Security Model – Free

ObjectiveResourcesKey Facts
Describe the core principles of the security model.Who Sees What: Data Visibility How to Series
[Must / ~50m / Salesforce.com]
[Who Sees What: Organization Access repeated from User Setup & Login Process – Free]

(This series is also available via Vidyard but does not appear to contain the entire series.)
The "Who Sees What" series is a great introduction to Salesforce security. If you have not watched the series before, I recommend watching these videos in order. Objectives and resources to follow will expand on these concepts.
Describe the capabilities of the User Sharing feature.Understanding User Sharing
[Could / Long / Salesforce.com]
User Sharing allows an administrator to set the user object org-wide default (OWD) to private. This feature is enabled by default for orgs created after the Winter 14 Release. To enable this feature in an existing org, contact Salesforce.com support.
Describe how access to data and functionality is structured within Salesforce.Security Overview
[Must / Medium / CertifiedOnDemand.com]
Organization Security: When (Login Hours), where (Login IP Ranges), and how (UI/API/etc.) a user can login.

Object Security: What actions a user can take on the records of a particular object (in conjunction with record security).

Record Security: What actions a user can take on an existing record (in conjunction with object security).

Field-Level Security: Determines which fields a user can view and update for each object.

Folder Security: Determines access to a variety of information including reports, dashboards, email templates, and more.
Explain who can delete records in Salesforce.

Security Overview
[Repeated]

To delete a record, the user must have the "Delete" object permission (profile or permission set) and "Full Access" to the record. "Full Access" is typically granted to the record owner, users higher in the role hierarchy than the record owner, and system administrators.
Describe profiles and their influence on security.Profiles
[Must / Short / CertifiedOnDemand.com]

User Permissions
[Must / Medium / Salesforce.com]

Who Sees What: Object Access
[Repeated]

Each user is assigned one profile, which is instrumental in determining a user’s functional access (apps, tabs, object-level permissions), how information is displayed to the user (page layouts, record types, field-level security), and a wide range of other permissions.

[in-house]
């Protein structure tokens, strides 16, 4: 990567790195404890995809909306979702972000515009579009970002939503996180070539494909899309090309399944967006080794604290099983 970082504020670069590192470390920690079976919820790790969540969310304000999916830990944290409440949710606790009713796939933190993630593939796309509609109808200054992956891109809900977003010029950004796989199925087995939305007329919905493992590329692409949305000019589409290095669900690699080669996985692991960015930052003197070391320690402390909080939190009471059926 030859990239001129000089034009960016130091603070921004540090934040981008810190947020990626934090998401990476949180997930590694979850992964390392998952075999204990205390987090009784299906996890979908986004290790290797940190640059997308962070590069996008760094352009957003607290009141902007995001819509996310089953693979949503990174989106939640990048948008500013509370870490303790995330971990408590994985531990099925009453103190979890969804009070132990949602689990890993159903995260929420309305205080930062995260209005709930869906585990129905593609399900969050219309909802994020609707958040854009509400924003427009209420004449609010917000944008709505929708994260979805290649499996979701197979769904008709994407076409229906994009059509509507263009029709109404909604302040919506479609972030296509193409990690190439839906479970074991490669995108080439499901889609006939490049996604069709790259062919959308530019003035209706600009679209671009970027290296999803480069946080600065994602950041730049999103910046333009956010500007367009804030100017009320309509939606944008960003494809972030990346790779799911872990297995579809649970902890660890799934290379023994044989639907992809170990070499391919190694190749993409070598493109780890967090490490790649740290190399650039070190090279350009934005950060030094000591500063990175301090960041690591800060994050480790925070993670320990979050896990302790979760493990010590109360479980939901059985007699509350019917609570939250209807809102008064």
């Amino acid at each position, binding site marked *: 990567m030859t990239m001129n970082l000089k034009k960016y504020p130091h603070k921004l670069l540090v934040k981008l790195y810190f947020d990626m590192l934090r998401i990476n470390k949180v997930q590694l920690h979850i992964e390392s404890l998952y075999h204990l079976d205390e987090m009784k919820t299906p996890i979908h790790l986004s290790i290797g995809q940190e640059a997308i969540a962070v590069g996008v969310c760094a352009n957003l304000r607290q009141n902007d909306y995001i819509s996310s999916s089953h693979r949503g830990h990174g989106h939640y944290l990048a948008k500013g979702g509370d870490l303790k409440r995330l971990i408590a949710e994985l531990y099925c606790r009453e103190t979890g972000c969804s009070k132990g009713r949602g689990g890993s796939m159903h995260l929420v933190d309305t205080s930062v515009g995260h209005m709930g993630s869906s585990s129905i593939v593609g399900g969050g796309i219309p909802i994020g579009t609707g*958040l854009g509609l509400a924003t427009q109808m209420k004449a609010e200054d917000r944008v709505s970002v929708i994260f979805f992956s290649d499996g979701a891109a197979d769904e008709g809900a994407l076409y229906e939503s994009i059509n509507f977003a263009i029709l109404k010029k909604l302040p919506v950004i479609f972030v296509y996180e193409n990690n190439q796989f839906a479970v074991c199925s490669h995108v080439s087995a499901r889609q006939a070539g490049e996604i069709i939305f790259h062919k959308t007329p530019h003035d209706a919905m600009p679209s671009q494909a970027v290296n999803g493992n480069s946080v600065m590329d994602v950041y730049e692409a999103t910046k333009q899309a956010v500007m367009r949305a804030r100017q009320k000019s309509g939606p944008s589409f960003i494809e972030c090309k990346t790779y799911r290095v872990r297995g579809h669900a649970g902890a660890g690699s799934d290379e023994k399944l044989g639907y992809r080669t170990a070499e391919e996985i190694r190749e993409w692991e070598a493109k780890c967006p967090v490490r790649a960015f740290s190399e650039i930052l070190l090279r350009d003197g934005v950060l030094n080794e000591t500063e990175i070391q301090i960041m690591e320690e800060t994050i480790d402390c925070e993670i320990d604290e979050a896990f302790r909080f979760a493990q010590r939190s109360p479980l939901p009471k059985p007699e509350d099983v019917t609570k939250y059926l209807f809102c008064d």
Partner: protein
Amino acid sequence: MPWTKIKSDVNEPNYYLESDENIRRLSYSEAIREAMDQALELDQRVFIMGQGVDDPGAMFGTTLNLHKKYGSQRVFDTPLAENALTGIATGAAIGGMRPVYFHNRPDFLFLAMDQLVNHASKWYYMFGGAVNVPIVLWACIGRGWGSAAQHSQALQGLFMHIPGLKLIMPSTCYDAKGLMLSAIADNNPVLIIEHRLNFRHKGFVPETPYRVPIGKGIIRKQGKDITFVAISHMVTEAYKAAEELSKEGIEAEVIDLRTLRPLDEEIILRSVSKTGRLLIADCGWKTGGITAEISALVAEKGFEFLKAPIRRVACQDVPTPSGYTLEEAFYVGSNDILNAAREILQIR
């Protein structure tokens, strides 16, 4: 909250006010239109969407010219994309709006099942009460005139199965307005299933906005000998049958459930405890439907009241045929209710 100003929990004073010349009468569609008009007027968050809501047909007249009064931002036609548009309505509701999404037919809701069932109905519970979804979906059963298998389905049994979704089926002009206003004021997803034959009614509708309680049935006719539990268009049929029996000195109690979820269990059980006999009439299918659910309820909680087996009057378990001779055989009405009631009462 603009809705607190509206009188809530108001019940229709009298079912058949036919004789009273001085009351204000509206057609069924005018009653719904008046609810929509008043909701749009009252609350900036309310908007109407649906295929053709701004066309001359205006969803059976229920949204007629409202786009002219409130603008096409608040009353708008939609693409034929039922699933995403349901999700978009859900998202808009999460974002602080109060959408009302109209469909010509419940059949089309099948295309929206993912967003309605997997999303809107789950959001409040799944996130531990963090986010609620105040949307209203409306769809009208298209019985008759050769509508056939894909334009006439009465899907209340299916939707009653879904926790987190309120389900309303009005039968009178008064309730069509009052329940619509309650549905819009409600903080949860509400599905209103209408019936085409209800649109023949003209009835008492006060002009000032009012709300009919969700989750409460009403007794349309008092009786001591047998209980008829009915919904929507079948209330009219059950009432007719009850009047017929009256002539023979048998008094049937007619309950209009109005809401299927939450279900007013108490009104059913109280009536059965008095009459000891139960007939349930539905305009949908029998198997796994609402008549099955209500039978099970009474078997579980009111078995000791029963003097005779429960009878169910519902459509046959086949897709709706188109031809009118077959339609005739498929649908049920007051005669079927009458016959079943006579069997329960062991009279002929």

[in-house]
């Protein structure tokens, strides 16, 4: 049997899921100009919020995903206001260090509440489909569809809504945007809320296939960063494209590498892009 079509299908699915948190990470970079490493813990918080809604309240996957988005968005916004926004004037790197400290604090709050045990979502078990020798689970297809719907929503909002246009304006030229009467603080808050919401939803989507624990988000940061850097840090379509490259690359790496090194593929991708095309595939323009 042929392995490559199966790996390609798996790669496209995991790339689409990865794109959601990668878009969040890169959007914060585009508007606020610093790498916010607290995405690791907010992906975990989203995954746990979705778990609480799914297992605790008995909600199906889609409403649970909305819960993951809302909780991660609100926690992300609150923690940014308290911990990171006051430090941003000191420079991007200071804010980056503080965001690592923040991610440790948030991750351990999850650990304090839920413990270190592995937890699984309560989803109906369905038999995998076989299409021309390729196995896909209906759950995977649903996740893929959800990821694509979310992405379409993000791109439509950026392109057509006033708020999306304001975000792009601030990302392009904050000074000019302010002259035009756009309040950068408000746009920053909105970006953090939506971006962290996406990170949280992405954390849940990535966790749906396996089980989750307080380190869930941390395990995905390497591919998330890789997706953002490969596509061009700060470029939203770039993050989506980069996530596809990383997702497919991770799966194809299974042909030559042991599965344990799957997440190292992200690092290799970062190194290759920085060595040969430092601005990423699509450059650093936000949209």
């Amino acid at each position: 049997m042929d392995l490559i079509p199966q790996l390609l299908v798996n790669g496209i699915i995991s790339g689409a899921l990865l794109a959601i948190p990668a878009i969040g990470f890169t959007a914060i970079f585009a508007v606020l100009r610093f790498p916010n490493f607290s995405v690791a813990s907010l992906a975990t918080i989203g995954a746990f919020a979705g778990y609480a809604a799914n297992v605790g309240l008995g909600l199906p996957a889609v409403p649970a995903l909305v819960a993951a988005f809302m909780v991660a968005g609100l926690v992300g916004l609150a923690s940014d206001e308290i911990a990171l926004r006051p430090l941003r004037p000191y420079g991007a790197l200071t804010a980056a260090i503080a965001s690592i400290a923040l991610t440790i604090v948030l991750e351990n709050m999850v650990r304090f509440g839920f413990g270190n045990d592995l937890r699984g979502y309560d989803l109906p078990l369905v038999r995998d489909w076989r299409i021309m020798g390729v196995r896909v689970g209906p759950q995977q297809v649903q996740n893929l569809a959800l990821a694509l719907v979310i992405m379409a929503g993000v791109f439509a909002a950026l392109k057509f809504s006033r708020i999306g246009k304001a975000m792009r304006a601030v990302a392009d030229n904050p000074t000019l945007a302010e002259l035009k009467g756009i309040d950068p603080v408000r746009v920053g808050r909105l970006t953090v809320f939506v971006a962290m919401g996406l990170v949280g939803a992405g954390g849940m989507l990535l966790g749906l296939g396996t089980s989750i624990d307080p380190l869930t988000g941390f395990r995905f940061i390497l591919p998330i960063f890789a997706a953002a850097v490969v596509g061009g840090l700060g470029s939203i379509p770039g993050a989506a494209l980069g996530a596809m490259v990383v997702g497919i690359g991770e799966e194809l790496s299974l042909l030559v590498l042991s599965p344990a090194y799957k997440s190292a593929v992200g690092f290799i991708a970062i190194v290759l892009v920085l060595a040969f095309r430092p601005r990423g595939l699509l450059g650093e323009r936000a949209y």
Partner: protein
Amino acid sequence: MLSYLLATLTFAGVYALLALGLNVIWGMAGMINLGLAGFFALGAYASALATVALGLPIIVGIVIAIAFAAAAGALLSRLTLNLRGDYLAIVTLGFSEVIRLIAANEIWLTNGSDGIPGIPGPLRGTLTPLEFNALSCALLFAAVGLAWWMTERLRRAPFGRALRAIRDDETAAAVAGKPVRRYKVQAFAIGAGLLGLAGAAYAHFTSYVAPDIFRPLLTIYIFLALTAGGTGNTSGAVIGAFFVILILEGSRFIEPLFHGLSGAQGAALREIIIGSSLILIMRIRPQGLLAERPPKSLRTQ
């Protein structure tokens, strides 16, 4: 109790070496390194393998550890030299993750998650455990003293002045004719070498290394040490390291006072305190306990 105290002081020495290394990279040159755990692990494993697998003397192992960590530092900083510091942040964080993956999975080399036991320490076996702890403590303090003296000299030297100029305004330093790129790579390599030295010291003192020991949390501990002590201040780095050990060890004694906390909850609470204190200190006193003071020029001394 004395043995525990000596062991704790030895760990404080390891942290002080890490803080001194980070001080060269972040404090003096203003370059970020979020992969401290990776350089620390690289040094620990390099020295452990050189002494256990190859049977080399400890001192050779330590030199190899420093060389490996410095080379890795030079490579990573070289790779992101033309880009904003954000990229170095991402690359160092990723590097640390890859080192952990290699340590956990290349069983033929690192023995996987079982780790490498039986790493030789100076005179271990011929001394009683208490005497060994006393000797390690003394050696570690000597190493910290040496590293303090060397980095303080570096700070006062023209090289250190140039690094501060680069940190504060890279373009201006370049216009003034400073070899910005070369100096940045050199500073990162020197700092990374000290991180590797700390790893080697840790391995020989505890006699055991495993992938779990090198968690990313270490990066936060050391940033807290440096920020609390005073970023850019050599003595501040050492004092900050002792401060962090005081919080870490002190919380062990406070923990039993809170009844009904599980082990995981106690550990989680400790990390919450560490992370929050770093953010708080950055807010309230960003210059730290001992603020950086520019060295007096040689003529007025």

List and describe the standard profiles.Standard Profiles
[Should / Medium / Salesforce.com]

Who Sees What: Object Access
[Repeated]

Ensure that you understand the Salesforce license standard profiles:
Contract Manager
Marketing User
Read Only
Solution Manager
Standard User
System Administrator
Explain when to create a custom profile.

Profiles
[Repeated]

As customization of standard profiles is limited, create custom profiles prior to assigning users to profiles.
Describe permission sets, and common use cases where they are appropriate.Permission Sets
[Must / Short / CertifiedOnDemand.com]

Overview of User Permissions
[Must / Short / Salesforce.com]

Winter '12: Efficient, Manageable Security Policies with Permission Sets
[Should / Medium / Salesforce.com]

The Permissioner
[Could / Package / Appexchange.com]

Who Sees What: Permission Sets
(Repeated from Who Sees What Series above)

User Permissions
[Repeated]

Whereas the profile is used to set the foundation for a user's privileges, permission sets are optionally used to extend a user's privileges.

Permission sets can drastically reduce the number of custom profiles required in an org.

Two common use cases:

1. One-off cases where a user needs privileges not granted by their profile (e.g. extending the delete leads permission to one inside sales team, while the rest of the team cannot delete leads).

2. Extending privileges to users that are assigned different profiles (e.g. access to a 3rd party application).
Describe how Organization-Wide Defaults (OWDs) influence security.Sharing Default Access Settings
[Must / Medium / Salesforce.com]

Default Organization-Wide Sharing Settings
[Should / Short / Salesforce.com]

Who Sees What: Org-Wide Defaults
[Repeated]

Organization-wide default settings determine the default record-level permissions granted to all users for all records within each object. For instance, setting the Account object to "Public Read/Write" will ensure that all users have "Read/Write" record-level permissions to all account records.

The most commonly used settings are:
Private: No record access granted
Public Read Only: Read only record access granted
Public Read/Write: Read/Write record access granted
Public Read/Write/Transfer (Cases, Leads): Full record access granted
Controlled by Parents (Contacts, Activities): Parent record controls access
Describe roles and their influence on security.Roles
[Must / Short / CertifiedOnDemand.com]

Who Sees What: Access via Roles
[Repeated]

A user's role sets the foundation for what records and folders they can access. Users are granted full access to records owned by users in subordinate roles on objects where "Grant Access Using Hierarchies" is enabled.
Describe public groups and their influence on security.Groups
[Must / Short / CertifiedOnDemand.com]
Public groups are used to streamline the process of sharing access to records and folders. A group is comprised of users, roles, and other groups.
Describe manager groups and their influence on security.Sharing Records with Manager Groups
[Should / Medium / Salesforce.com]